It comes down to this: What kind of city do we want to leave to our children? Look at the buildings on the Northwestern Memorial Hospital campus. Is there a single one, other than Bertrand Goldberg's Prentice, that you'd consider a legacy worth passing down? Galter and Feinberg are massive fortresses. The new Prentice has it's best face facing out, on Chicago; facing in, on Superior, it offers only a brutal, graceless arcade of oppressive scale. And the other buildings? How could the healing powers of a great hospital, offering so much hope, encase itself in such a veneer of faceless despair? Without those optimistic, gently rounded forms of Bertrand Goldberg's Prentice towers, there 's no contrast, no relief from the medical complex as an architectural necropolis.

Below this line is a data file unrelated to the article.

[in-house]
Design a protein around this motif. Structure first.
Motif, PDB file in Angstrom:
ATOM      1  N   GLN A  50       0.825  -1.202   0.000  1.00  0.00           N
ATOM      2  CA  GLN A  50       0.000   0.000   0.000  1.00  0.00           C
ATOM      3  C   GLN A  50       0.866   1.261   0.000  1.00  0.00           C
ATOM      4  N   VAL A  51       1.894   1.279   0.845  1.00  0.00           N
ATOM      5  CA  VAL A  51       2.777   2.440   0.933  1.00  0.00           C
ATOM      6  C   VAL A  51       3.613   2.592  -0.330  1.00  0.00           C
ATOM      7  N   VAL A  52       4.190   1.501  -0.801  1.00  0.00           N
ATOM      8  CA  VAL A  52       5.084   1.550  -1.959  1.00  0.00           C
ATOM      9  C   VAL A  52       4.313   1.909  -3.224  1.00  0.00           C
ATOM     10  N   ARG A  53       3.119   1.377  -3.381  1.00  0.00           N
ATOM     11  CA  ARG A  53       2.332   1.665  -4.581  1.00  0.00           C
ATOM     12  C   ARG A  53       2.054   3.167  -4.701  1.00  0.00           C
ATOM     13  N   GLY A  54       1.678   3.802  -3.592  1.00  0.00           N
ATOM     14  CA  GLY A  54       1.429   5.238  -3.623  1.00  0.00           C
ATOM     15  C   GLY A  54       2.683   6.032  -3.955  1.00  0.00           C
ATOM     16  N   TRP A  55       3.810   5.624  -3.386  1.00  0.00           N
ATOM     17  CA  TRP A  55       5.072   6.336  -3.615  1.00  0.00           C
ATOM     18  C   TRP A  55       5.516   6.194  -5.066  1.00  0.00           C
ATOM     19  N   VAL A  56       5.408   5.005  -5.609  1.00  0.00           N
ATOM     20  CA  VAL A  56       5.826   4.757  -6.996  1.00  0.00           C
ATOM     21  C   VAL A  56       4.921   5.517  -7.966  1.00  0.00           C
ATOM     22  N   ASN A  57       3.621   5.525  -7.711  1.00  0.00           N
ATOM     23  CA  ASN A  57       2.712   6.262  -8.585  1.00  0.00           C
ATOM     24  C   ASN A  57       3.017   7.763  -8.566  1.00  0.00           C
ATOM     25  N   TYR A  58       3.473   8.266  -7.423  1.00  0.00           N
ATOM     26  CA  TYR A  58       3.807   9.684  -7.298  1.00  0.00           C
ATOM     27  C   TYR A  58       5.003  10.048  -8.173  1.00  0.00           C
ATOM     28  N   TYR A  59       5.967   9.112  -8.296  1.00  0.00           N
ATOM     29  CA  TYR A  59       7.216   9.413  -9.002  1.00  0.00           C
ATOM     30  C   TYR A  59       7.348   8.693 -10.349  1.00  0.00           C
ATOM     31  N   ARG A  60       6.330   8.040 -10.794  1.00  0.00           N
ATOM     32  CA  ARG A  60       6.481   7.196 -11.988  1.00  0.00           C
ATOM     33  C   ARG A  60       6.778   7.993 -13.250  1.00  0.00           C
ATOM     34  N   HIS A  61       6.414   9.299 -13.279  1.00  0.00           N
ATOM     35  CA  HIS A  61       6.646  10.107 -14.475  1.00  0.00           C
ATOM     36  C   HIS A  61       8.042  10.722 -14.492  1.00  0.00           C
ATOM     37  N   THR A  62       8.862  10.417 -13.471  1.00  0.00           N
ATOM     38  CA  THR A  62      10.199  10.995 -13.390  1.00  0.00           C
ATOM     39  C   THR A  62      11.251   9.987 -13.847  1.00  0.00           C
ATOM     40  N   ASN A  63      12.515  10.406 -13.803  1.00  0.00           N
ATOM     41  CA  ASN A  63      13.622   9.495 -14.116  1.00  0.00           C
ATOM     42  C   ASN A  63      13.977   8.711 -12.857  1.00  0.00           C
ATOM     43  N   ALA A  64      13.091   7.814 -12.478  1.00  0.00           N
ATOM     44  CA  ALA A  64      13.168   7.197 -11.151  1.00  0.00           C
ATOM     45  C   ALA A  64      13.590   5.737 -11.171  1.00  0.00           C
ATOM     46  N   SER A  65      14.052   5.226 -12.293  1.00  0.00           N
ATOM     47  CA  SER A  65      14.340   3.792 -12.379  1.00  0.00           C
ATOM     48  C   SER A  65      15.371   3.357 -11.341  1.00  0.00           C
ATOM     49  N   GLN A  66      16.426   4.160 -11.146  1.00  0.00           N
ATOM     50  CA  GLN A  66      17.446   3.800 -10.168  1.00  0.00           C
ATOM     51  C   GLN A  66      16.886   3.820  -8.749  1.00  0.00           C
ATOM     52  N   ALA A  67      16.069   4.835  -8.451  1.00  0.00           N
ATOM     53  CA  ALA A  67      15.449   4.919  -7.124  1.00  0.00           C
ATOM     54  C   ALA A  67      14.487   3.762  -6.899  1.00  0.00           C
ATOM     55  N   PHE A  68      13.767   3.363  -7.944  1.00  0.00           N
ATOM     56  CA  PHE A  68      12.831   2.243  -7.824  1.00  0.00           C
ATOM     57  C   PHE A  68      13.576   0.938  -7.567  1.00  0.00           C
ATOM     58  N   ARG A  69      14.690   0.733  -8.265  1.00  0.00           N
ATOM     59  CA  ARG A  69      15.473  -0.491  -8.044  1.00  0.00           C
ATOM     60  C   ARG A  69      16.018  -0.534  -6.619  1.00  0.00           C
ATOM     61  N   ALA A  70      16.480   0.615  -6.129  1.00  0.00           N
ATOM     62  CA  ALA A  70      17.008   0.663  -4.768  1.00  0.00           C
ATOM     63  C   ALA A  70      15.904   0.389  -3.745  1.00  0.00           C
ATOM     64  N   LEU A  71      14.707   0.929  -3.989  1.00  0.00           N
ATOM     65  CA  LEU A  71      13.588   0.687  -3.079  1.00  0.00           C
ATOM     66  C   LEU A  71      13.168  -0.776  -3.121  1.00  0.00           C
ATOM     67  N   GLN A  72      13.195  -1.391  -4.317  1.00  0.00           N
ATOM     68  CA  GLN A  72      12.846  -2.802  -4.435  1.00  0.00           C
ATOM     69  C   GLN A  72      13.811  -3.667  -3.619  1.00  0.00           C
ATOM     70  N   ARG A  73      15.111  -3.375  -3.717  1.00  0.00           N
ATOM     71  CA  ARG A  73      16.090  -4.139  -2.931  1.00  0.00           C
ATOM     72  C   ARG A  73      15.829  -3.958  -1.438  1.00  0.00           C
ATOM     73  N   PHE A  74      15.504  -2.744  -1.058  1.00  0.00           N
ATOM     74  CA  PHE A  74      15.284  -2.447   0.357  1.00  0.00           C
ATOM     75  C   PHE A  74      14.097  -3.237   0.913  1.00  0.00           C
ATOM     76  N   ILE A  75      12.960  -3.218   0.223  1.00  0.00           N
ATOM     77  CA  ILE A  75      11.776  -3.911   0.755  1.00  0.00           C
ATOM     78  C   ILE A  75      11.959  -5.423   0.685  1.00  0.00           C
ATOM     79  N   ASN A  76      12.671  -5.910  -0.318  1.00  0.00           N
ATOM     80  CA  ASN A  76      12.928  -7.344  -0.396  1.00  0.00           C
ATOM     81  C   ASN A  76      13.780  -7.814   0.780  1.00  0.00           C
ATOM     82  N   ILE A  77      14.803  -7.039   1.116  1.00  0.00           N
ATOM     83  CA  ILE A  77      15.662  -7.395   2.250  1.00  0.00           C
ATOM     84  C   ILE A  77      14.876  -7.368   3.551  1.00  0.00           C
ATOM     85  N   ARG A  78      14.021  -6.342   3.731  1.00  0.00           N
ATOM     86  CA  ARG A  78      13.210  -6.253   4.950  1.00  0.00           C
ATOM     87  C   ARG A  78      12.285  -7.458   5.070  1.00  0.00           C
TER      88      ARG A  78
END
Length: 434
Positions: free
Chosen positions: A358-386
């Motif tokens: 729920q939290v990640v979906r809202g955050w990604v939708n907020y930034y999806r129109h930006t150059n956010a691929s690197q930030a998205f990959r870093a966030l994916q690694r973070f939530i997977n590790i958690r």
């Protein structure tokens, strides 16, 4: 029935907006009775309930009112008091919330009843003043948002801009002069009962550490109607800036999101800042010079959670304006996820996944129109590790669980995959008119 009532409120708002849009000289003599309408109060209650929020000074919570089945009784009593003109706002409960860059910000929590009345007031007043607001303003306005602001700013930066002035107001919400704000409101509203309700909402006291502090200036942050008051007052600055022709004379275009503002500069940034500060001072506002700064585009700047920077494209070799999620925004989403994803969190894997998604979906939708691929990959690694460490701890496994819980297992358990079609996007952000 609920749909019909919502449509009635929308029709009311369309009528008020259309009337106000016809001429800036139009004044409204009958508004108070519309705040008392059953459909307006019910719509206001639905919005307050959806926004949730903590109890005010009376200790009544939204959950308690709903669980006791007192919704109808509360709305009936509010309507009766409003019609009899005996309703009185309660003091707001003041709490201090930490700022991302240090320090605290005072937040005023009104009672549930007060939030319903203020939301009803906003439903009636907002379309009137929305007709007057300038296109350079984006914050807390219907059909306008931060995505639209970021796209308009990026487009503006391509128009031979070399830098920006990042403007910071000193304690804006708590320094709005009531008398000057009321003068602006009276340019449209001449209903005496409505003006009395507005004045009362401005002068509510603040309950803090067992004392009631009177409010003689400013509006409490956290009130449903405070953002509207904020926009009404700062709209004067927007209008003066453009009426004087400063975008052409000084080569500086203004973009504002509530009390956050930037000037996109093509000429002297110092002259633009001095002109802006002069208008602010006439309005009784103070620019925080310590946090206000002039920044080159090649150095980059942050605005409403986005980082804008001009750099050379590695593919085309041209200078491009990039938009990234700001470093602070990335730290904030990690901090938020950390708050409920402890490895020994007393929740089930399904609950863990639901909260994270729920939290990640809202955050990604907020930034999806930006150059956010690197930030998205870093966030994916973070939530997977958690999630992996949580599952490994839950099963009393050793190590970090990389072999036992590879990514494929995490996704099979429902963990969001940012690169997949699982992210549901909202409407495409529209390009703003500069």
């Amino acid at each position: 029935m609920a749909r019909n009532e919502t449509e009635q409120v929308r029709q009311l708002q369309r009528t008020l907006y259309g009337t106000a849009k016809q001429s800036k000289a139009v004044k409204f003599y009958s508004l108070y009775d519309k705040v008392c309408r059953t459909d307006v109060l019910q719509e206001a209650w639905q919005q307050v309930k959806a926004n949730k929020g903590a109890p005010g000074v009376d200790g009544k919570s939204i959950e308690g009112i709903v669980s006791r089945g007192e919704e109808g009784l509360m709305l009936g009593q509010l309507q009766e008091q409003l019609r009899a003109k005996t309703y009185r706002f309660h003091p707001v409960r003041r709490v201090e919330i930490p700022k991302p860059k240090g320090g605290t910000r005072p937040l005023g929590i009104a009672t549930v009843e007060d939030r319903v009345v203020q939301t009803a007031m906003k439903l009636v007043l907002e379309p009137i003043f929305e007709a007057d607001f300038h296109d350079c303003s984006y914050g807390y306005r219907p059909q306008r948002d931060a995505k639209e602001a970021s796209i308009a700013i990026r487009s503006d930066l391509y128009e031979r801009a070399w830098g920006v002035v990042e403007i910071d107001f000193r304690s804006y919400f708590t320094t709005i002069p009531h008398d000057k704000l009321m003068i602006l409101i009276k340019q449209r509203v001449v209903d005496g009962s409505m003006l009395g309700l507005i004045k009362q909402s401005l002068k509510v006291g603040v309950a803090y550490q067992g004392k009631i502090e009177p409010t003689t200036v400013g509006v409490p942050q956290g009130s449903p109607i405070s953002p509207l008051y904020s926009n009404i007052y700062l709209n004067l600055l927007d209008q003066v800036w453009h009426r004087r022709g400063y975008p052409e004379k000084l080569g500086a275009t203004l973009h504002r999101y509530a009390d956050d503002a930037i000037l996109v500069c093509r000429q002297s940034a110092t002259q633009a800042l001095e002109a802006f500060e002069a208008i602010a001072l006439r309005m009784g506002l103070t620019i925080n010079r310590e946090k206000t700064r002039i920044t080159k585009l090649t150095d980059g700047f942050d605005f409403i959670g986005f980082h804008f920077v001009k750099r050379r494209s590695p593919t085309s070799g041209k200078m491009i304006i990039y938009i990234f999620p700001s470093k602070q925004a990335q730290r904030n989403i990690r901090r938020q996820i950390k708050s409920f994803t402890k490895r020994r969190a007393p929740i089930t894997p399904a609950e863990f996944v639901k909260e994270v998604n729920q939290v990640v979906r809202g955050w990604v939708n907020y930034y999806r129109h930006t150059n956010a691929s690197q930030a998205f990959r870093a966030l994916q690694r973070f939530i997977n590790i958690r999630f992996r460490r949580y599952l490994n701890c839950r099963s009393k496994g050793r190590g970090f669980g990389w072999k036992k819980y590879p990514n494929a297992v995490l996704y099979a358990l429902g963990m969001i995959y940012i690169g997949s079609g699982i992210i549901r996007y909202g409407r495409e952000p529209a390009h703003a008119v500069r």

If Northwestern is allowed to destroy Prentice, what do we get? Nothing. Just an extension of the two-block-square gravel yard just across the street, that's been there since Lakeside Veterans Hospital was demolished two years ago. There is no construction on the boards, nor expected any time soon. Nothing will be left behind but the palpable ache of absence.
Two faces, deeply contrasting. Which one will be Chicago's?